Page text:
Pacific Brand Organic Soup: In a pinch these can be used as a base (tomato, butternut squash, and mushroom varieties).  Add your favorite veggies, beans or whole grains.

~ To Your Health!

In the News: Integrative Medicine: Antioxidants and Chemotherapy

Share widely!

Antioxidants and Chemotherapy

By Drs. Kay judge and Maxine Barish-Wreden

Published: Thursday, May. 31, 2012

Inflammation, and the use of antioxidants to put out inflammatory fires, is a hot topic these days. What do we mean by inflammation?

Inflammation is a natural and necessary response in the body whenever we are accosted by harmful germs or when we injure ourselves. When this occurs, our immune system steps in to fight foreign invaders and to bring our body back into balance so that we can heal.

Inflammatory chemicals are produced during this process, which can be harmful to our tissues, but antioxidants in our foods, such as vitamins C and E, help to quell this response and restore order to our tissues.

Inflammation can run amok, however, and cause persistent damage to healthy tissue, especially if we smoke or if we are overweight or obese. Chemotherapy drugs that are used to treat cancer also produce severe inflammation in the body, and this particular inflammatory response helps to kill off cancer cells. But it also harms healthy tissue in the process.

Many oncologists have been fearful of having their patients take any antioxidants during chemotherapy for fear that antioxidants might reduce the effectiveness of the chemo.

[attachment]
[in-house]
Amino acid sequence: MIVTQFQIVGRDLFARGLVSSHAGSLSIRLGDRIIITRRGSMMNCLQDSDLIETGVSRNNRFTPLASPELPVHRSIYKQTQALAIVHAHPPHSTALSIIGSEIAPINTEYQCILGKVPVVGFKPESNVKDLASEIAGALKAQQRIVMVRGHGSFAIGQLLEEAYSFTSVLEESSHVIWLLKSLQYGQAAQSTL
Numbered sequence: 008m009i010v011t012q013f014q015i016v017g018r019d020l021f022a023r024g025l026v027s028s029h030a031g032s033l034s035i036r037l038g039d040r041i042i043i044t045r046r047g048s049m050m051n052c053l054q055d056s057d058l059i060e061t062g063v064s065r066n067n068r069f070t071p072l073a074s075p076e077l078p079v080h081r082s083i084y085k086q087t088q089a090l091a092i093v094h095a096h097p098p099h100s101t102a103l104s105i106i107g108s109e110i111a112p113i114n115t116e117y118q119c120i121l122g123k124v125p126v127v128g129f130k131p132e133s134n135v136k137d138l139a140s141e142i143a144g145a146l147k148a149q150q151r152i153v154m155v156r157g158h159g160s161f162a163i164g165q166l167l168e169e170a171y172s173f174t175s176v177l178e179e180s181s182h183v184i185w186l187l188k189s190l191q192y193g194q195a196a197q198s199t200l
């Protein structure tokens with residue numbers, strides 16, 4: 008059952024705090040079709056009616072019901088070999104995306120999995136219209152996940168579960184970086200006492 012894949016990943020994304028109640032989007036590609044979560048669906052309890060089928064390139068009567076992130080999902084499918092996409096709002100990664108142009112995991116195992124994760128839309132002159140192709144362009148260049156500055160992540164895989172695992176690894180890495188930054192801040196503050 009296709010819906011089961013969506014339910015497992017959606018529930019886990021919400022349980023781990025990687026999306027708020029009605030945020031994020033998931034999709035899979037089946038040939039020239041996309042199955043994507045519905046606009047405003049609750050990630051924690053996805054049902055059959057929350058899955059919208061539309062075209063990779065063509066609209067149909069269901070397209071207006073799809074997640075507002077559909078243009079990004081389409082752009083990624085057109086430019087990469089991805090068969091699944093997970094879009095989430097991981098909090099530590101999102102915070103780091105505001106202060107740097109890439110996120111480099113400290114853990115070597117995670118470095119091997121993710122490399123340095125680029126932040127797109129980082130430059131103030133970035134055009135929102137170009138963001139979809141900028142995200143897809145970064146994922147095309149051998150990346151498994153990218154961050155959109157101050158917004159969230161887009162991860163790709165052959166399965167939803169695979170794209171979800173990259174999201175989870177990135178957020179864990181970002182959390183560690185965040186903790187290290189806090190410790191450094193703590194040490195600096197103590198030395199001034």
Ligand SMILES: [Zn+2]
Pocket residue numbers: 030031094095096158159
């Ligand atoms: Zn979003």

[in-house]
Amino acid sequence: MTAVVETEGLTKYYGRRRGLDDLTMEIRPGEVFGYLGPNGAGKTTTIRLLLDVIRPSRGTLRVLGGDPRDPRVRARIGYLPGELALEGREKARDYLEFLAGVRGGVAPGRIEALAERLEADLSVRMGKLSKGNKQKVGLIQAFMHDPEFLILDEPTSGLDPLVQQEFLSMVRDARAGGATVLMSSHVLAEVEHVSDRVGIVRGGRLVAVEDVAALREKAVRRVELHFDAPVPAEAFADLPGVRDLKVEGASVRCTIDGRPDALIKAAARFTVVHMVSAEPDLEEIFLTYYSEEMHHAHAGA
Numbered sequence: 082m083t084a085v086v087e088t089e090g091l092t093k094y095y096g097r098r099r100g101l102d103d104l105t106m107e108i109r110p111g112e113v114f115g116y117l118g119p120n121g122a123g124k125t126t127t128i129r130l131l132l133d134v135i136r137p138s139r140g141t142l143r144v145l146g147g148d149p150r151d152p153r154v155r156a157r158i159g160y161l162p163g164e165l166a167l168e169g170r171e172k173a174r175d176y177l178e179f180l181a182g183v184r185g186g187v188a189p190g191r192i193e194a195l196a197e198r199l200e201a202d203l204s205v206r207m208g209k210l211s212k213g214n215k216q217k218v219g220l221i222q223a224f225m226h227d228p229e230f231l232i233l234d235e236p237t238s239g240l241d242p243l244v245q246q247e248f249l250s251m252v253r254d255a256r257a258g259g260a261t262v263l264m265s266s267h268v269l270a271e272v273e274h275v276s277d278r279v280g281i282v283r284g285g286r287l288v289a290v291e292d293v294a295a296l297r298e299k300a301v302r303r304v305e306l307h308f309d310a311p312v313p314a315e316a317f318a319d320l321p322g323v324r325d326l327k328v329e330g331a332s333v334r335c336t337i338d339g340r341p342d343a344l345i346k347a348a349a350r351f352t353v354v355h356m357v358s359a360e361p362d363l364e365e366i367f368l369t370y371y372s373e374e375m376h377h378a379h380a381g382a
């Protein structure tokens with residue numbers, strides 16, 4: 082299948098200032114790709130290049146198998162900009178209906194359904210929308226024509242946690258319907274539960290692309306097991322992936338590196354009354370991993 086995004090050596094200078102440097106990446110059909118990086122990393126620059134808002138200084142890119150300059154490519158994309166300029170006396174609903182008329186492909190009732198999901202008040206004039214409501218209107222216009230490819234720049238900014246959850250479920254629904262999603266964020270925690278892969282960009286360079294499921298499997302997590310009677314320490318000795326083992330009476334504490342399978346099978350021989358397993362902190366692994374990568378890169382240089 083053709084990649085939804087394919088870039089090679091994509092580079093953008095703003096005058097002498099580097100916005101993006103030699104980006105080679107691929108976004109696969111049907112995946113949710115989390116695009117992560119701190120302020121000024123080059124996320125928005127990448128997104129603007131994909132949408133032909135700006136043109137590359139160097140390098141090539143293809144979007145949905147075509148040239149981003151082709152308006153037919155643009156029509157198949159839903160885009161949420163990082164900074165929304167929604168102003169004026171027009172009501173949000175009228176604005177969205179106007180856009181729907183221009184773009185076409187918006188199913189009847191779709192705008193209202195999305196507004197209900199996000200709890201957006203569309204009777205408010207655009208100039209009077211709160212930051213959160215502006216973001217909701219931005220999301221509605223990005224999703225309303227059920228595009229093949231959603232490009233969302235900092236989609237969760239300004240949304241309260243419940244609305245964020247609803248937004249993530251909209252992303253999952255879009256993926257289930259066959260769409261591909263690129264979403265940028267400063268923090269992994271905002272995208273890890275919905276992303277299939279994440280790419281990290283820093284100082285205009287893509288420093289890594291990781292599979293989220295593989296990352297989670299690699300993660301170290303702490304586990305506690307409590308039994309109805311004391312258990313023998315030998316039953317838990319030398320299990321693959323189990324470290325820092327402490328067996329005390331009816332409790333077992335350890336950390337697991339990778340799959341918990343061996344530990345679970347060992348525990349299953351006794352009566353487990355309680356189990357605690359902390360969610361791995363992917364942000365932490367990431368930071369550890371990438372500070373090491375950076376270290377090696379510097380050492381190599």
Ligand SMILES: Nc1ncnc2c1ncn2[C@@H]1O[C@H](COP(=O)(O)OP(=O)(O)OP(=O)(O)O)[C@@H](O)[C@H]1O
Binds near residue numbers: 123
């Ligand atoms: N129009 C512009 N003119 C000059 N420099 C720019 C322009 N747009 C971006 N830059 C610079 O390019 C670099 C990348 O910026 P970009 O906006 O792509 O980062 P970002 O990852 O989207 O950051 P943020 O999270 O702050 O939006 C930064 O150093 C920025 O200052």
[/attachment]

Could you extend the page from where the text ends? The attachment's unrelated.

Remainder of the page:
In a recent article in the journal Alternative and Complementary Therapies, Dr. Keith Block, a renowned integrative cancer specialist affiliated with the University of Illinois, discussed his review of more than 2,300 studies on the use of antioxidants during chemotherapy, and his report is very reassuring.

In summary, antioxidants often help to reduce side effects from chemotherapy, and this may allow patients to complete their full course of medication without interruption, which itself leads to better outcomes. Certain antioxidants also enhance the effectiveness of chemotherapy, reduce long-term toxicity and improve survival.

Not a single study reviewed by Block showed any evidence of antioxidants interfering with the effectiveness of chemotherapy. In fact, a recent article looking at the impact of antioxidants in Chinese women undergoing treatment for invasive breast cancer found that use of antioxidant vitamin supplements in the first six months after diagnosis resulted in a reduced risk of both mortality and cancer recurrence.

Other studies have suggested survival benefit in certain cancers when patients take melatonin, as well as reduced toxicity from chemo with the use of glutathione and coenzyme Q10 among others.

So, if you are affected by cancer, what should you be thinking about to protect yourself during and after chemotherapy? First and foremost, begin by eating a super-healthful, plant-based diet that is loaded with dark-colored fruits and veggies so that you maximize your intake of antioxidants from your food, which is the most powerful way to get them.